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Stock Watch: Do You Feel Lucky?

With the season's first month done and played, it's time to take a look at who's hot and cold starts are due to skill (or lack of it), and which are due to luck. A star plagued with a low BABIP makes a great trade target, while a young guy playing over his head is a great player to sell. Below, we'll take a look at some players who should be moving on or off your team.

Trade Targets

B.J. Upton is off to a start as bad as his brother's is good. Always a drag on batting average, he's killing owners like me Adam Dunn-style so far, while putting up little of his trademark power or speed. It's hard to steal bases with a .223 OBP. In fact, he's been so frustrating that I almost put him on the Trade Away list because I've grown to hate seeing his name in my lineup. That's an emotion you can use. His BABIP is a frightening .185, over 100 points below his career norm, much of which can be traced to his eye-popping infield fly rate of 29.6%, well over double his highest full season number. The two options seem to be that he figures out how to cut those popups down, or he's all washed up at age 28. The former seems much more likely.

Will Middlebrooks isn't so bad off as B.J., but he's still dragging averages down with a .198 mark. A .217 BABIP seems to be the problem, while the major change in his batted ball data is that he was a groundball hitter last year and a flyball hitter this year. That isn't necessarily a bad thing, as his six homers will attest. His BABIP ought to normalize, at which point he could be a four-category monster in a heavy lineup. The upside is clear, and the downside is mitigated by the weak and injured status of third basemen around the league.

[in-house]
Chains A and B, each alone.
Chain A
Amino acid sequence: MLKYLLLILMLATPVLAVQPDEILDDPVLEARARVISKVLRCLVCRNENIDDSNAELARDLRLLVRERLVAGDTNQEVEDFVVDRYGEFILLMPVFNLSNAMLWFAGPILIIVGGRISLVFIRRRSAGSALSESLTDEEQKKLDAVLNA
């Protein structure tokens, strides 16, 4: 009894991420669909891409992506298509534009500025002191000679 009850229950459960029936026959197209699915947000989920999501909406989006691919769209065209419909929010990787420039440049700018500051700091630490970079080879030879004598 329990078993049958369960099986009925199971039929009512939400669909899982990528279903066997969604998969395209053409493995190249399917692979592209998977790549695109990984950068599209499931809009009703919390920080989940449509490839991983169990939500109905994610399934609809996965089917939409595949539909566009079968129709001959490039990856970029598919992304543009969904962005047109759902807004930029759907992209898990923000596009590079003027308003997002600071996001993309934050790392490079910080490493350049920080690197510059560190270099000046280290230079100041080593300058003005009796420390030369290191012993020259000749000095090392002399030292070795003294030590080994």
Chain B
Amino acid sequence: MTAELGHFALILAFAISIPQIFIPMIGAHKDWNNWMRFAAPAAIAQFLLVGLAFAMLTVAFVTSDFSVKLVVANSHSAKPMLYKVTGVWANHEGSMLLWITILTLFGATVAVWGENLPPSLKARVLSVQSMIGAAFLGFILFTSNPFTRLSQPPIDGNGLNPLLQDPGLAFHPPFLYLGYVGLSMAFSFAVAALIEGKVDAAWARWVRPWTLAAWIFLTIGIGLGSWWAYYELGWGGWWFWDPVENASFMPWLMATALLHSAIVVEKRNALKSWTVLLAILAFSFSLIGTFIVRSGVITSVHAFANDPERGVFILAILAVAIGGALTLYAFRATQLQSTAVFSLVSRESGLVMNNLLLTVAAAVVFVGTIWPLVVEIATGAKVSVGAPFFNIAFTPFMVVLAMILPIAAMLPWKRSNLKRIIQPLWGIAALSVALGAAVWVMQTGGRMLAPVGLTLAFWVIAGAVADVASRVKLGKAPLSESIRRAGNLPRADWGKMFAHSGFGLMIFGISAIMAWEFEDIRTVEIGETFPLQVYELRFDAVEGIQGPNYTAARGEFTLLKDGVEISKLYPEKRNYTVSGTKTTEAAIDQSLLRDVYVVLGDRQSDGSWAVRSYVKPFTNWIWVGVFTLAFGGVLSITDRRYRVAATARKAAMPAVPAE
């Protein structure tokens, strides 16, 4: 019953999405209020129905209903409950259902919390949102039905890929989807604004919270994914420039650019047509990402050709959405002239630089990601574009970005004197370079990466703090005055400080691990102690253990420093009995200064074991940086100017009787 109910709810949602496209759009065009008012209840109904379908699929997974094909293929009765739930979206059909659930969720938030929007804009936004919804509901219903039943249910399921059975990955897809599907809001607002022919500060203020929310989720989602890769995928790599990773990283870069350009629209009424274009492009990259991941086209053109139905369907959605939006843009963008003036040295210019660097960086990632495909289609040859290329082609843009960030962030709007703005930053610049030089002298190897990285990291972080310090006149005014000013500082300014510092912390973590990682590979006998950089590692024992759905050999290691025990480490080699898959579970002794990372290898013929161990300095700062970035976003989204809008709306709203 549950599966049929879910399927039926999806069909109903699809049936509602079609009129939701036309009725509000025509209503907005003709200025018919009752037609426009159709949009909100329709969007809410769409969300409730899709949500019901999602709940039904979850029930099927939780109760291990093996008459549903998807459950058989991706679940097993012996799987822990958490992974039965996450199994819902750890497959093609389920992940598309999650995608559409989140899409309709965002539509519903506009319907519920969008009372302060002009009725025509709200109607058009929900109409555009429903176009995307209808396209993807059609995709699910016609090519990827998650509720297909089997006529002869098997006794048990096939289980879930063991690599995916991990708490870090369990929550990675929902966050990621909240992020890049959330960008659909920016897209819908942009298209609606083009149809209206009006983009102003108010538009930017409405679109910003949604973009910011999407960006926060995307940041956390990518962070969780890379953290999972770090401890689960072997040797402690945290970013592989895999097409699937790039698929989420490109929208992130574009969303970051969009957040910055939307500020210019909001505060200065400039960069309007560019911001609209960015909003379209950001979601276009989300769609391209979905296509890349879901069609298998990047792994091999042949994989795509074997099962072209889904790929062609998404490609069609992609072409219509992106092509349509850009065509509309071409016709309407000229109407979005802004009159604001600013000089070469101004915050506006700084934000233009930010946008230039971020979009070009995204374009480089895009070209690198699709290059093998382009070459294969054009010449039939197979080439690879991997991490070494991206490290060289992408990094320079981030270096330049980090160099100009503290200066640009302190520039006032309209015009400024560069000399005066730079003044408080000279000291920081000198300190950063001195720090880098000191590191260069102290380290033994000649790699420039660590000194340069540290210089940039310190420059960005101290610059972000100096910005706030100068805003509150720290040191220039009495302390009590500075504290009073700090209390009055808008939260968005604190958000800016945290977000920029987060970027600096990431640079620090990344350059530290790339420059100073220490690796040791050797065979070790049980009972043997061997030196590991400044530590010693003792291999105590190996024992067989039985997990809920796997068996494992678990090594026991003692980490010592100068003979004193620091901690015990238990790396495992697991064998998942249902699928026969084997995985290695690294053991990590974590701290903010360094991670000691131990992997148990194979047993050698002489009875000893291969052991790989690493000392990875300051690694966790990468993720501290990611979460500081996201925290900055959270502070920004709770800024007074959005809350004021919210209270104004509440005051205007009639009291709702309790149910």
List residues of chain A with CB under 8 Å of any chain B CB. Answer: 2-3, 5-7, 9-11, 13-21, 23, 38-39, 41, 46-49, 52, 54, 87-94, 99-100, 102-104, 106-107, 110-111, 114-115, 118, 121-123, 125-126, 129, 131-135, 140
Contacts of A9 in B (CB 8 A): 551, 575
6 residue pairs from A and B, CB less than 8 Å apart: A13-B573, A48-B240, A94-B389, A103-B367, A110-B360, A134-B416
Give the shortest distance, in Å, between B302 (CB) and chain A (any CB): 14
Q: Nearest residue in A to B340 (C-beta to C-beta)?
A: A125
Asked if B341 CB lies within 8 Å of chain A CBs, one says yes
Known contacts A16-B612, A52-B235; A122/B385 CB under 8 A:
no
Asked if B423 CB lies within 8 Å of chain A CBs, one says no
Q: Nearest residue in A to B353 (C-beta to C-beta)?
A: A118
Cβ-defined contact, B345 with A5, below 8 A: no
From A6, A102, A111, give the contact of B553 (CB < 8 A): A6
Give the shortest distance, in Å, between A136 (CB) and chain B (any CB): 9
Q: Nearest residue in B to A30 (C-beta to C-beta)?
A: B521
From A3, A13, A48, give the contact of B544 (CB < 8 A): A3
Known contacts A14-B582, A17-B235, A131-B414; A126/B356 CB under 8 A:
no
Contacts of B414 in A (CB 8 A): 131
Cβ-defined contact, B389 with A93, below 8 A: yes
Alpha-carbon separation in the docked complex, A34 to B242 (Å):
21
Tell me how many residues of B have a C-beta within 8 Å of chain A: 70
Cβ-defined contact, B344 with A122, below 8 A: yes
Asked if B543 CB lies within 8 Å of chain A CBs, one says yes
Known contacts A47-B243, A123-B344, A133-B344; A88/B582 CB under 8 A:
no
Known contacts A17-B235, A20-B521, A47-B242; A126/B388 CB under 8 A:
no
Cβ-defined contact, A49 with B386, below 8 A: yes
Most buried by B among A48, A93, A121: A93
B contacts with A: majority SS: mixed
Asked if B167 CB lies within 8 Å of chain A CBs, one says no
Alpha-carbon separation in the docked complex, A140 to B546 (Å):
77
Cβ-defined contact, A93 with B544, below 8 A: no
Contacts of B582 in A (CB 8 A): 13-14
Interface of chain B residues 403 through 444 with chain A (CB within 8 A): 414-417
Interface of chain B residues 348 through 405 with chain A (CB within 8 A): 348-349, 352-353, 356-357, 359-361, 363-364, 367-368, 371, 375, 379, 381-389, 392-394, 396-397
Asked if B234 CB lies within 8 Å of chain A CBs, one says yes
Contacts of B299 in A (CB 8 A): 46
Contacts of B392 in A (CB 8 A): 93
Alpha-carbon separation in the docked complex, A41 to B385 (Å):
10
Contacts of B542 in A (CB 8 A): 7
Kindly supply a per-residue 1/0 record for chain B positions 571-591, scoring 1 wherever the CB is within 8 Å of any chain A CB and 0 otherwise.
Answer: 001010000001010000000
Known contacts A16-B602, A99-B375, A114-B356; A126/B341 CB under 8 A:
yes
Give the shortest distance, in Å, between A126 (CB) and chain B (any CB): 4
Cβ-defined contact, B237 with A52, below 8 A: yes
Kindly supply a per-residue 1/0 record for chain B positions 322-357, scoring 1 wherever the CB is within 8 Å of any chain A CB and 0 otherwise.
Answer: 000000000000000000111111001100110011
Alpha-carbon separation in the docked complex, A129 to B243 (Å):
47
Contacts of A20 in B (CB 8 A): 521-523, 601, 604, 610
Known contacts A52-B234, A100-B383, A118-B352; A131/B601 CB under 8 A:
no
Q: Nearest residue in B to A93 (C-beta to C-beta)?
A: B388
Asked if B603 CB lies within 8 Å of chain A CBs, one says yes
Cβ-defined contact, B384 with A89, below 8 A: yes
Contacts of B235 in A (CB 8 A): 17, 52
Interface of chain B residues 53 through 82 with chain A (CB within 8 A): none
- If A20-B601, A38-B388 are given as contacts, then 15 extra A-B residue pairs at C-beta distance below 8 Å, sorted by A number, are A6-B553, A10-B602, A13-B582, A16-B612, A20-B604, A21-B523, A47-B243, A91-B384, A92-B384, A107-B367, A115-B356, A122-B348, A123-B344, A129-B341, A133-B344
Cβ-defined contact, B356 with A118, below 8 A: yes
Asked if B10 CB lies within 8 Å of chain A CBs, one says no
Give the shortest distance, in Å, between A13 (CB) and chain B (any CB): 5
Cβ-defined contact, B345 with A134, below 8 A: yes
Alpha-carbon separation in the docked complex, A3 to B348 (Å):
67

Gio Gonzalez is a risky trade proposition, as with slightly lowered velocity and a walk rate over 5.00, his troubles haven't been entirely due to luck. His ERA sits at 5.35, but his FIP is better at 4.09, and his xFIP better still at 3.51. So, some bad luck seems to be exacerbating things. With a K/9 over 10.00 and a quality lineup, there's still plenty of upside if you can trade for him at a significantly reduced price.

Clay Buchholz has been almost too good to trade away, but if his owner is looking to sell high, consider being the buyer. His years of sub-mediocrity make him look like a sell target, with his 1.01 ERA, but the underlying story says otherwise. He's got a sparkly 2.26 FIP and a very good 2.99 xFIP, to go with a strikeout rate of 9.47. The indications are that he isn't the same pitcher that has filled Red Sox Nation with disappointment for the last few years. If you're still skeptical, check out this article from Fangraphs. If you're still skeptical after that...um, don't trade for Buchholz, I guess.

Trade Away

Carlos Gomez went from disappointing speedster to power/speed fantasy gold last season, and he's kept it up this year. Owners were bullish on him in drafts, and they've been vindicated so far, as Gomez has delivered five homers and seven steals. His usually low average sits at an impressive .367. Okay, I understate. It's at an unbelievable .367. How'd it get there? Try a .419 BABIP, with help from a line drive percentage up four points from last season. Even if his hit profile has changed (and one month of extra liners doesn't prove much), he hasn't magically transformed into Joey Votto with speed. Deal him, as he could fetch a pretty serious return.